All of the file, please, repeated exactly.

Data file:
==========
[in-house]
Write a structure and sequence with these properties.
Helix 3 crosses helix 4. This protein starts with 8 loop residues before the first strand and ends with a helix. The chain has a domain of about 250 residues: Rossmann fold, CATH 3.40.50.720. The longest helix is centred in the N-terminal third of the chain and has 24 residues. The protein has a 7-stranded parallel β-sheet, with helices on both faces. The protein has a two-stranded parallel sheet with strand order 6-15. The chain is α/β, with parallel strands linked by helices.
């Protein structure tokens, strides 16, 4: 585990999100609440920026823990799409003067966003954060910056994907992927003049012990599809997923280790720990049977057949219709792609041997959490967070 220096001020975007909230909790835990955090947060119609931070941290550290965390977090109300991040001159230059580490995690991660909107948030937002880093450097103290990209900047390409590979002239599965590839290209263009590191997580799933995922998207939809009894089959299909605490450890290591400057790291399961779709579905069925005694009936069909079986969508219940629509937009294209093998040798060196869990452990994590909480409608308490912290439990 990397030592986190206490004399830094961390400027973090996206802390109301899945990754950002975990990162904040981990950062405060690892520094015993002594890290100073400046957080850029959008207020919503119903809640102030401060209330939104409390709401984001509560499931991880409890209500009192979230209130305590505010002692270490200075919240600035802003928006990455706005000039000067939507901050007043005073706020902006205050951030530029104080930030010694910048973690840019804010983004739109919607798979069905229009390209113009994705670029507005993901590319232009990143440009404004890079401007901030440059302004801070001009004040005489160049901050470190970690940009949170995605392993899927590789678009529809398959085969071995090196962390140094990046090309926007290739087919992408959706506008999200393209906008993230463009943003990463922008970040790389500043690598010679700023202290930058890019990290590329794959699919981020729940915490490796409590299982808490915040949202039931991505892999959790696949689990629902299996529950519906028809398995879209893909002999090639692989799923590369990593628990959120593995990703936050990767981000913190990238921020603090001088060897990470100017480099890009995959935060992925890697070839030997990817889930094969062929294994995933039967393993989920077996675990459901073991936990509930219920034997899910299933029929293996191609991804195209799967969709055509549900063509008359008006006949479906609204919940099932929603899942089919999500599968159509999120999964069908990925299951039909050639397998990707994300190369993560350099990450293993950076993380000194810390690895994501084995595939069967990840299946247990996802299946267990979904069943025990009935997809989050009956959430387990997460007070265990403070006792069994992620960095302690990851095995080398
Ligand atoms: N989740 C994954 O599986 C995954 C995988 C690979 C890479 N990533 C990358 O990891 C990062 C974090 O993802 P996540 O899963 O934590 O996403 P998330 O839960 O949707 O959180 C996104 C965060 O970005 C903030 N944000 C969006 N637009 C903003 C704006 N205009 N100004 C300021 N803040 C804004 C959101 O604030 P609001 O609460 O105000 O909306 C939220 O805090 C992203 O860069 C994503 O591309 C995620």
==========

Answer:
[in-house]
Write a structure and sequence with these properties.
Helix 3 crosses helix 4. This protein starts with 8 loop residues before the first strand and ends with a helix. The chain has a domain of about 250 residues: Rossmann fold, CATH 3.40.50.720. The longest helix is centred in the N-terminal third of the chain and has 24 residues. The protein has a 7-stranded parallel β-sheet, with helices on both faces. The protein has a two-stranded parallel sheet with strand order 6-15. The chain is α/β, with parallel strands linked by helices.
């Protein structure tokens, strides 16, 4: 585990999100609440920026823990799409003067966003954060910056994907992927003049012990599809997923280790720990049977057949219709792609041997959490967070 220096001020975007909230909790835990955090947060119609931070941290550290965390977090109300991040001159230059580490995690991660909107948030937002880093450097103290990209900047390409590979002239599965590839290209263009590191997580799933995922998207939809009894089959299909605490450890290591400057790291399961779709579905069925005694009936069909079986969508219940629509937009294209093998040798060196869990452990994590909480409608308490912290439990 990397030592986190206490004399830094961390400027973090996206802390109301899945990754950002975990990162904040981990950062405060690892520094015993002594890290100073400046957080850029959008207020919503119903809640102030401060209330939104409390709401984001509560499931991880409890209500009192979230209130305590505010002692270490200075919240600035802003928006990455706005000039000067939507901050007043005073706020902006205050951030530029104080930030010694910048973690840019804010983004739109919607798979069905229009390209113009994705670029507005993901590319232009990143440009404004890079401007901030440059302004801070001009004040005489160049901050470190970690940009949170995605392993899927590789678009529809398959085969071995090196962390140094990046090309926007290739087919992408959706506008999200393209906008993230463009943003990463922008970040790389500043690598010679700023202290930058890019990290590329794959699919981020729940915490490796409590299982808490915040949202039931991505892999959790696949689990629902299996529950519906028809398995879209893909002999090639692989799923590369990593628990959120593995990703936050990767981000913190990238921020603090001088060897990470100017480099890009995959935060992925890697070839030997990817889930094969062929294994995933039967393993989920077996675990459901073991936990509930219920034997899910299933029929293996191609991804195209799967969709055509549900063509008359008006006949479906609204919940099932929603899942089919999500599968159509999120999964069908990925299951039909050639397998990707994300190369993560350099990450293993950076993380000194810390690895994501084995595939069967990840299946247990996802299946267990979904069943025990009935997809989050009956959430387990997460007070265990403070006792069994992620960095302690990851095995080398
Ligand atoms: N989740 C994954 O599986 C995954 C995988 C690979 C890479 N990533 C990358 O990891 C990062 C974090 O993802 P996540 O899963 O934590 O996403 P998330 O839960 O949707 O959180 C996104 C965060 O970005 C903030 N944000 C969006 N637009 C903003 C704006 N205009 N100004 C300021 N803040 C804004 C959101 O604030 P609001 O609460 O105000 O909306 C939220 O805090 C992203 O860069 C994503 O591309 C995620």